Fast forward to about 6 p.m. same day (LOL). We arrived at the Missouri Botanical Garden with the whole tribe. We took in some more of the garden’s beauty.
The Lantern Festival features a Chinatown-esque gate at the entrance of the Missouri Botanical Garden. It’s the San Yatsen Gate, and honors the political leader Yatsen. He struggled during his political career, including exile. He gained power following a major revolution.
The water fountain is currently home to a sculpture featuring porcelain elephants, made from cups, plates and spoons. The elephant is considered a precious animal in Buddhism. It’s one of the eight treasures that will be present at the arrival of Maitreya, a future Buddha when he returns to Earth.
We hurried to catch the first of two acrobatic shows at the amphitheater. The performers put on a great show. One performer did a routine involving mask changes with a little magic.
A group of performers juggled plates and later lanterns.
One man performed acrobatic moves on a pole.
A team did some amazing gymnastic work, balancing themselves against each other in almost impossible-looking positions.
We watched our niece Starla “play” in a fountain designed for kids. She was soaked by the time the lanterns illuminated. She had a blast, but is was exhausting just watching her do her thing.
The first set of lanterns we saw illuminated were a group of cranes. It was just turning dusk, so the lights were not quite as bright as they would be in about 15 minutes, but they were cool to see. Some of the cranes had wings that moved.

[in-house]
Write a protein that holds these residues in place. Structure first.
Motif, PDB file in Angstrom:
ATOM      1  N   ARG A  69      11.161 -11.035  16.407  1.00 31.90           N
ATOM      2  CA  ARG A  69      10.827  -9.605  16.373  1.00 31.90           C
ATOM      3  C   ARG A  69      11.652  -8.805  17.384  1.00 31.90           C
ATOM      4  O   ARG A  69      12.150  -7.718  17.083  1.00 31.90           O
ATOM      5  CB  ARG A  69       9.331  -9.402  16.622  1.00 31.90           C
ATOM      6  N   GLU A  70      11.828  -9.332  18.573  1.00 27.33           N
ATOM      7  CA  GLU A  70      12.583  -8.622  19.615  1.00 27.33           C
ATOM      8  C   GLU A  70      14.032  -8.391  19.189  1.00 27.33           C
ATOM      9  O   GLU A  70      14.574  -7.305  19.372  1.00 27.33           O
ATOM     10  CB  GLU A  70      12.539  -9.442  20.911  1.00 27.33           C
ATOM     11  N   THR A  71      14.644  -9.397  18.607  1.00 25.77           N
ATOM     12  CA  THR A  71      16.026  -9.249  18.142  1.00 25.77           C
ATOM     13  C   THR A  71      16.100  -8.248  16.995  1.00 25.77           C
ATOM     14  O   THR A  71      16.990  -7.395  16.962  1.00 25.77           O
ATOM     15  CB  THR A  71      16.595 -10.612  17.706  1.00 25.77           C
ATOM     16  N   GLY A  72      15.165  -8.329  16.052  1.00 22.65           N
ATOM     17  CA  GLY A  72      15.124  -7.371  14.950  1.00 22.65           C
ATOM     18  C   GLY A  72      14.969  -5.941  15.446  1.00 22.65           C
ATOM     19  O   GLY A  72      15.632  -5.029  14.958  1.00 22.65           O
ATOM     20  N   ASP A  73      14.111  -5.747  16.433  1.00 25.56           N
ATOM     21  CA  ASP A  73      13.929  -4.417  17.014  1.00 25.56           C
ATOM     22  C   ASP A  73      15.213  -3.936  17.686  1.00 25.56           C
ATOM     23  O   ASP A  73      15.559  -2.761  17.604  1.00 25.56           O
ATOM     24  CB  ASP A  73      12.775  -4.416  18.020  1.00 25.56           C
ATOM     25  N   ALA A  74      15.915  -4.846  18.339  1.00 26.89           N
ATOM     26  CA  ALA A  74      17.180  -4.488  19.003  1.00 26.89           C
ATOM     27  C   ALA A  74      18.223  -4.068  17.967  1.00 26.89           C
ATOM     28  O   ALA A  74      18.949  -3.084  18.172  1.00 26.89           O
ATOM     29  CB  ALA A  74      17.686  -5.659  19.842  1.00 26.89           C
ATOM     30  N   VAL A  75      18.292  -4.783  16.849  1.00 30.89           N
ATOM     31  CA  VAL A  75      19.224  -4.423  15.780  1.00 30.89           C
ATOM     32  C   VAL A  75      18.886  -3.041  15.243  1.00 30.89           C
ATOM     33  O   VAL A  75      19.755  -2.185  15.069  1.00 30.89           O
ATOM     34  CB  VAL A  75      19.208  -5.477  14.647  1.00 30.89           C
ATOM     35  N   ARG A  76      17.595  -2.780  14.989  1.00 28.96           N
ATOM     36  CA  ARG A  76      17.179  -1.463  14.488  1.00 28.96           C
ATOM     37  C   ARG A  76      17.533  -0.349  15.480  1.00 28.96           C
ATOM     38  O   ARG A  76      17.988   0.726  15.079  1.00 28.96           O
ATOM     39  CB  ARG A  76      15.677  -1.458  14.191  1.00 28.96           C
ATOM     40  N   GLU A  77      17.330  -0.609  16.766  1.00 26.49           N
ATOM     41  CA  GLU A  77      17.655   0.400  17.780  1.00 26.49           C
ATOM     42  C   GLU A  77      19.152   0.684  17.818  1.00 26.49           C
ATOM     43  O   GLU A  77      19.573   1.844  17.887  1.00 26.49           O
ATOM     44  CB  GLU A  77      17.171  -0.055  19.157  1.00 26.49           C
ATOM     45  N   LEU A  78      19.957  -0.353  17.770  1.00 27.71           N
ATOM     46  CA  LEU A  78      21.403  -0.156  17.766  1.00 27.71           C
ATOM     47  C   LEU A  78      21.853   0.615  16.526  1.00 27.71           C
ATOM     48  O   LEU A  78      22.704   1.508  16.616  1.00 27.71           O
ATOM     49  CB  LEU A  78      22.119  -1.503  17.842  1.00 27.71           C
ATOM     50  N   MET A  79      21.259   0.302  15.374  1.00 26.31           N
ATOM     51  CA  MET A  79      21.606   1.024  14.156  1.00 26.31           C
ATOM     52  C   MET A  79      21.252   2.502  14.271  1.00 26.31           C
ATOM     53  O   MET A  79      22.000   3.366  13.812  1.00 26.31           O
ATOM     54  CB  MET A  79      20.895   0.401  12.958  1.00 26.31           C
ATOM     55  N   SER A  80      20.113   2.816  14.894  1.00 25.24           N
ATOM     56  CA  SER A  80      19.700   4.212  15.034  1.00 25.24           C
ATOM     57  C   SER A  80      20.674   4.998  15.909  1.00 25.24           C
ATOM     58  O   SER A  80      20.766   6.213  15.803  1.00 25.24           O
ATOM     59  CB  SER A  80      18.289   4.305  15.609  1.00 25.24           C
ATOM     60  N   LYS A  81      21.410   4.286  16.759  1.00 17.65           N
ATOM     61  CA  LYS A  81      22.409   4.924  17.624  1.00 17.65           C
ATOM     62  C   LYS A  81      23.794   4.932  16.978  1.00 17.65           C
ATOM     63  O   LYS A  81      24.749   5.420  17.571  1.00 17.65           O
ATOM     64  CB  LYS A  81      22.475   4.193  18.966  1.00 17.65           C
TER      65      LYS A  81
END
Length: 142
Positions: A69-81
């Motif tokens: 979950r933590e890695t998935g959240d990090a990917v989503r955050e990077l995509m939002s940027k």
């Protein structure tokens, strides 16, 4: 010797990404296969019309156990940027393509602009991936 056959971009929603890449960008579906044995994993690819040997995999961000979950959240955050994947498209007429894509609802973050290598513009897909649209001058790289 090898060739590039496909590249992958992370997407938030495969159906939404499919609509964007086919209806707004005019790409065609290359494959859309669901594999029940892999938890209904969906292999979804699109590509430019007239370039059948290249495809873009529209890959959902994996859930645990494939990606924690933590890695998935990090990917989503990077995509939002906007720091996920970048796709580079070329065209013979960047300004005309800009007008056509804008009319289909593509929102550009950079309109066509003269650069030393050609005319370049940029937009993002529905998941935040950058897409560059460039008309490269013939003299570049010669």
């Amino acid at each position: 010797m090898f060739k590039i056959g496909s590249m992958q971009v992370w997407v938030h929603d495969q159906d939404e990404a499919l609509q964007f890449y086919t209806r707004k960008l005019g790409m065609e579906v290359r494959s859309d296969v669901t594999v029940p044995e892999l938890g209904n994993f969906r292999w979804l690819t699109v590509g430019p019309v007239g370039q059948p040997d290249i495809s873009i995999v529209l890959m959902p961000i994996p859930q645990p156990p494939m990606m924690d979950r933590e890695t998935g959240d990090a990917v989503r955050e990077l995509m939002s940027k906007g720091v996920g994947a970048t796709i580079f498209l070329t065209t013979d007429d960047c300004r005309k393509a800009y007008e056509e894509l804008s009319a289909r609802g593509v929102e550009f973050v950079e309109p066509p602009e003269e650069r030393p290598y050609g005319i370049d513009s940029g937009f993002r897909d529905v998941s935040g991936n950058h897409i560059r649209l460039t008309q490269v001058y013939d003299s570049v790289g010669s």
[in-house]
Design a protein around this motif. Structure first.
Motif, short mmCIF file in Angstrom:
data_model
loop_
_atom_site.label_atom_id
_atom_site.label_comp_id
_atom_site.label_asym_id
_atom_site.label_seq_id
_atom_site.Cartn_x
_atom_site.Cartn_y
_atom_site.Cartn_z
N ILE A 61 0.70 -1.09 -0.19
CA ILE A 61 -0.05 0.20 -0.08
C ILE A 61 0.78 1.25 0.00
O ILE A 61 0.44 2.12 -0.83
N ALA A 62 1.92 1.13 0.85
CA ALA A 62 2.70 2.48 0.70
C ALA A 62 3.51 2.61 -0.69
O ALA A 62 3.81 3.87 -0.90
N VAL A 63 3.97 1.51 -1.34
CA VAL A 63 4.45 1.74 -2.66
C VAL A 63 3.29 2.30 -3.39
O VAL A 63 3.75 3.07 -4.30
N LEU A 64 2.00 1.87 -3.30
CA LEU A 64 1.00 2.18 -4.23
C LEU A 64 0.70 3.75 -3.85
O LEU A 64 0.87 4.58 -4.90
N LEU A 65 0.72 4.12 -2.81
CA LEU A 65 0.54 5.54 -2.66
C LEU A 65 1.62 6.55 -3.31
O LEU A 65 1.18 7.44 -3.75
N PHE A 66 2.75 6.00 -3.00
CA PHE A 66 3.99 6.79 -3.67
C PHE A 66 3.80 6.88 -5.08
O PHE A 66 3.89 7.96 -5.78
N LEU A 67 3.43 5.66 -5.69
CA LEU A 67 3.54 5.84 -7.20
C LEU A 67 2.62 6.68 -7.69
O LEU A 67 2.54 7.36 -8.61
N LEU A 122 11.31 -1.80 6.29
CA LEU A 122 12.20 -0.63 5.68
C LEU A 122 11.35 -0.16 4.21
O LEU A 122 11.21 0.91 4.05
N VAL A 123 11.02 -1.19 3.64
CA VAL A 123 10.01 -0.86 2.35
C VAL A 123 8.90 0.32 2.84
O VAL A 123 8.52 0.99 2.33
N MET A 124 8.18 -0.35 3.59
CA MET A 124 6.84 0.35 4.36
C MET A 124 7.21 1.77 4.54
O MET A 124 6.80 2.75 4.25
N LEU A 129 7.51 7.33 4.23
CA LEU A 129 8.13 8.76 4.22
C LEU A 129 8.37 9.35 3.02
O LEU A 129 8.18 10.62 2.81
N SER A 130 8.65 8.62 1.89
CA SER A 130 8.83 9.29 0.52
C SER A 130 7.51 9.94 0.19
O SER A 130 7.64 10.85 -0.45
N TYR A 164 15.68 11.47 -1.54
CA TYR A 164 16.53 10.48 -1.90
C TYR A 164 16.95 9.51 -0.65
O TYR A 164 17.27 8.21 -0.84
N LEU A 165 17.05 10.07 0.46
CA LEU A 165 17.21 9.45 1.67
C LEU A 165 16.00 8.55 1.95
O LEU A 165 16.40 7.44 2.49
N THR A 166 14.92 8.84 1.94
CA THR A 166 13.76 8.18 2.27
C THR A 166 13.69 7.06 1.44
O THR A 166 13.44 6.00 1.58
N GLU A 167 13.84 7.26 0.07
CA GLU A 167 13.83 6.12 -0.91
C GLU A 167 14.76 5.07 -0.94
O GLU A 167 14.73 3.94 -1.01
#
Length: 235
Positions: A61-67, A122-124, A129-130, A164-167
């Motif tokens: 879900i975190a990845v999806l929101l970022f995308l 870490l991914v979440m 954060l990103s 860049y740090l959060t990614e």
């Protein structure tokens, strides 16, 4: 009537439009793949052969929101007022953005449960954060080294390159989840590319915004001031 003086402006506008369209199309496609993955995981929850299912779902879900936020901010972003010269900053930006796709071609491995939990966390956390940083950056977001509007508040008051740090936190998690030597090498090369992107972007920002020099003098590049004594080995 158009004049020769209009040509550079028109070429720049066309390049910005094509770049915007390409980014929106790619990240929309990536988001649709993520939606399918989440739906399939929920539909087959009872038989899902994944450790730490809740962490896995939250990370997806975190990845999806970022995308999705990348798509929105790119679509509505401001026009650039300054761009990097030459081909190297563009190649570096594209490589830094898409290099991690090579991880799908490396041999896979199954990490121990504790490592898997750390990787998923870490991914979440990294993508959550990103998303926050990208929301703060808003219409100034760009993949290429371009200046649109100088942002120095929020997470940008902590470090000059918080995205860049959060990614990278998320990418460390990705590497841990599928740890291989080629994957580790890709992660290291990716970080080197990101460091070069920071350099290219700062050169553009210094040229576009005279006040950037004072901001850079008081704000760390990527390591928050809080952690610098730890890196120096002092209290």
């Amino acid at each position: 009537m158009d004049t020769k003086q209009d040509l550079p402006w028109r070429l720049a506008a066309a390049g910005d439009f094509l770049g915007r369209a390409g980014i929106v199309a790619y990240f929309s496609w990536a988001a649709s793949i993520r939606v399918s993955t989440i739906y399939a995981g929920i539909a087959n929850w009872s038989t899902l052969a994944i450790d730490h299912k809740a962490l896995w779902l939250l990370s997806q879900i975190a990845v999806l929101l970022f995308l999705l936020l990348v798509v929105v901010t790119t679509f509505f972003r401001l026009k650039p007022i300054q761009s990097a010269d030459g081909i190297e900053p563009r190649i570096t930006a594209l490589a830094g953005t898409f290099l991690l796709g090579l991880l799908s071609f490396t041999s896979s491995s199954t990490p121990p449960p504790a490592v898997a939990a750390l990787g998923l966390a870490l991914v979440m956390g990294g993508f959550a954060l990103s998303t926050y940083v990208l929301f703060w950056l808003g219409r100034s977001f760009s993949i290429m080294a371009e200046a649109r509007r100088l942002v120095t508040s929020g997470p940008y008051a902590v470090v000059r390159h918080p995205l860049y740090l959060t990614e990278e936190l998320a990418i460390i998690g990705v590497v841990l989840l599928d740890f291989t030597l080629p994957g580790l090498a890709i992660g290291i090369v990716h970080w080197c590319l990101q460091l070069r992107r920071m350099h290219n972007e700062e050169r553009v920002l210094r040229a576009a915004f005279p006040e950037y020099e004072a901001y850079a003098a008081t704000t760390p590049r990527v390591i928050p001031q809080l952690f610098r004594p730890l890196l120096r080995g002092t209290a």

One of our favorite spots was the pagoda. It illuminated in blue and green. The backdrop of the domed Climatron provided a beautiful view, in my opinion.
A huge lantern display covered the garden’s main water fountain area. It consisted of two sets of horses working their way toward the center lantern – the Dragon Horse. It symbolizes abundance and prosperity. Flames shot out from the fountain occasionally.
Dandelions adorned the grounds near the mausoleum. They were made of recycled plastic bottles.
Panda bears played along the trail.
A cherry tree arch welcomed visitors as they continued their trek through the garden. The lantern is symbolic of the re-opening of relations between China and Japan. Japan represented 180 cherry trees to China in 1973. Now, China has more than 3,000 cherry trees.
The mausoleum provided a beautiful image of the reflection of the lights.
Another great lantern represented the Chongyang Festival. It’s held on the ninth day of the ninth lunar month. The festival is considered a day for people to eat Chongyang cake, drink chrysanthemum wine, climb mountains and pay homage to chrysanthemums.
One lantern display represented the building of the Great Wall.
A beautifully-lit peacock vase was a crowd pleaser. It represents good luck.
The year of the Sheep was symbolized with a lantern.
The last lantern display we checked out was the Flower Fairies. They watch over the flowers of the planet. China is home to about 7,000 native plants and flowers.
We had a wonderful time visiting the Missouri Botanical Garden and the Lantern Festival. The botanical garden by itself is worth the visit. If you like flowers, plants and nature, this needs to be on your “must-see” list for St. Louis.
For more information on the botanical garden, please visit www.missouribotanicalgarden.org.
Disclaimer: Thank you to the Missouri Botanical Garden for our complimentary entrance to the garden. However, all opinions and views are ours.